Second-year political science and human geography student Sally Lin is currently one of two candidates running for the position of VP External in this year’s AMS Elections. Lin’s platform consists of three key points — academic affordability, better student housing and accessible transit.
In her first platform pillar of academic affordability, Lin emphasizes her goal of collaborating with other student unions to “lobby on federal legislation that prevents universities and bookstores [from] sourcing textbooks anywhere around the globe.”
Lin stated that the very issue of achieving textbook parity is unique. “No other students associations or unions, to my knowledge, have lobbied on it. I think that this is something that could do very well in bringing all student unions together,” she said.
The second key point in Lin’s platform is addressed in her online platform, as she hopes to “work with other student unions in BC to lobby the provincial government to relax debt rules and allow the university to find alternative financial arrangements.”
In addressing accessibility of transit for students, Lin hopes to push for quick development of the different phases of the Broadway Corridor, and work with the Mayor’s Council and the provincial government to achieve this goal.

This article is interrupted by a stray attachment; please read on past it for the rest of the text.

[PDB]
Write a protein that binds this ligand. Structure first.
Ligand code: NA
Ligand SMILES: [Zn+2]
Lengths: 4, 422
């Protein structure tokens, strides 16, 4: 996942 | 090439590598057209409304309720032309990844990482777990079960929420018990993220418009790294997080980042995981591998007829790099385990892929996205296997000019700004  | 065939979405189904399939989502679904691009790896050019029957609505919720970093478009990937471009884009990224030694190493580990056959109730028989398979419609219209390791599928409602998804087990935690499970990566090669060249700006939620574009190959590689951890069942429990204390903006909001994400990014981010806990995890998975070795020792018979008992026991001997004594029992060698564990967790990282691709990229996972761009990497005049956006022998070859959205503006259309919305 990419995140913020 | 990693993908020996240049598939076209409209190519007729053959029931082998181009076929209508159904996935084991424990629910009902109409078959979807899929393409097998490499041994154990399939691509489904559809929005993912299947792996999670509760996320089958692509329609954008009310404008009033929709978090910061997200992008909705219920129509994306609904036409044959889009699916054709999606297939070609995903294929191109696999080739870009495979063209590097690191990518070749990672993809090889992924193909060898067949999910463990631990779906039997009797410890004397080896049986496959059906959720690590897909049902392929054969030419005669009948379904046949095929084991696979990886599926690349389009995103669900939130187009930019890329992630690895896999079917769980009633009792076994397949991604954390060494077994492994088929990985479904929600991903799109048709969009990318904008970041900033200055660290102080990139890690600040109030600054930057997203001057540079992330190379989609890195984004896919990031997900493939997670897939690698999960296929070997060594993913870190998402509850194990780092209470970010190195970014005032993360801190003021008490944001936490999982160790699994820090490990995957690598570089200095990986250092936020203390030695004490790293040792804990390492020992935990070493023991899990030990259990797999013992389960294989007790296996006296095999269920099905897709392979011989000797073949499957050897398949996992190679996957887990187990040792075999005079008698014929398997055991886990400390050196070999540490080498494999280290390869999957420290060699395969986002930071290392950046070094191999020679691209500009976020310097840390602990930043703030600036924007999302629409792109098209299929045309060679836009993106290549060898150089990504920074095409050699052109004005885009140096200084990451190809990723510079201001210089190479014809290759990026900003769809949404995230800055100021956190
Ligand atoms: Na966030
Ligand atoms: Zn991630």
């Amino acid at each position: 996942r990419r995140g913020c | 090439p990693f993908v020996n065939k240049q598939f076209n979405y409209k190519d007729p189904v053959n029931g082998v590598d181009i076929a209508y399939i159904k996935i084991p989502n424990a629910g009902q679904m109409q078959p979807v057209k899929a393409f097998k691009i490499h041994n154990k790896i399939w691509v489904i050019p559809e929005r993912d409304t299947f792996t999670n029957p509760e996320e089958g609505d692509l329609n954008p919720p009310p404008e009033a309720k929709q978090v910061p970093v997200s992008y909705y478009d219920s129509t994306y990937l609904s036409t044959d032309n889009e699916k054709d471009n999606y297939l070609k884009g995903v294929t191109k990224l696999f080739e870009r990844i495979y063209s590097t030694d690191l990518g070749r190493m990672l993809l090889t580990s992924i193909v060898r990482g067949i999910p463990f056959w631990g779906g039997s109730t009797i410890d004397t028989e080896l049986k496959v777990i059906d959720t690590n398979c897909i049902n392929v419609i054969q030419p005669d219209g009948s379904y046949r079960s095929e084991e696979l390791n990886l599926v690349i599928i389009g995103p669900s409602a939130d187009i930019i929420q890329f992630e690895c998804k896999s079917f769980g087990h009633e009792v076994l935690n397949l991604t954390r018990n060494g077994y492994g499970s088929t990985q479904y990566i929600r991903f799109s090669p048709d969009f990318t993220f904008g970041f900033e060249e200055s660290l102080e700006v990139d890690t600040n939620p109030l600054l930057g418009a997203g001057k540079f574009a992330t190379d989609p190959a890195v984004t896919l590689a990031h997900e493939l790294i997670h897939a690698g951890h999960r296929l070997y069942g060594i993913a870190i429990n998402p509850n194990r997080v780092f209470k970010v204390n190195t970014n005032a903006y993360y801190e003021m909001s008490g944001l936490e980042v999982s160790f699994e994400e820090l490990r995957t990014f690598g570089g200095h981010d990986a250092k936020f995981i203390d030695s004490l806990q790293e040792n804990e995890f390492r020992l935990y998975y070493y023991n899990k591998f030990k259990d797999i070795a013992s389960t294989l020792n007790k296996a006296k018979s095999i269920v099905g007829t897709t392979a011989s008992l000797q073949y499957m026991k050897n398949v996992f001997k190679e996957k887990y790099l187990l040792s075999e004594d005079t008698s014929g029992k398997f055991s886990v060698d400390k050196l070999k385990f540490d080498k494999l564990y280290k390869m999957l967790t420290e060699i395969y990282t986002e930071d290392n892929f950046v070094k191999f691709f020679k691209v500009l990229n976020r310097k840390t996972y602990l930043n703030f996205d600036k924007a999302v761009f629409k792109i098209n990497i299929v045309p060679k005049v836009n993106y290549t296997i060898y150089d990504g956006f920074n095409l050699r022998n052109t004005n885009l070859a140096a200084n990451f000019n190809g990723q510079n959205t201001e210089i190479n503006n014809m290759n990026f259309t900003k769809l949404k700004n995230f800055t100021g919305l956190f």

In terms of challenges that could potentially arise this coming year as VP External, Lin said, “lobbying on providing students with more housing on campus would be a challenge simply because of the nature of the legislation change that it would require. It’s a much more complex issue in comparison to textbooks and student loans, as it involves a lot of different stakeholders.”
Despite the potential challenges that could face Lin, she expressed confidence and referred to her experience in past positions which include being a council member on the AMS board of directors, an elected Arts Undergraduate Society (AUS) representative, co-chair of the AUS first-year committee, and Vancouver School Board Committee education and student services representative.
Lin believes that what sets her apart from her opposition is the emphasis her platform puts on constituency support and engagement.
“I think I want to hit the nail on the head and say that being an arts councillor, I sat on the AUS and saw them experience a rocky year,” said Lin. “One thing that I really hope to do next year would be to re-examine constituency relationships. [I want to] look at how we can support them and how we can make smaller student societies under the AMS stronger.
“I will be putting all of my effort into the VP External portfolio, working tirelessly for students here at UBC.”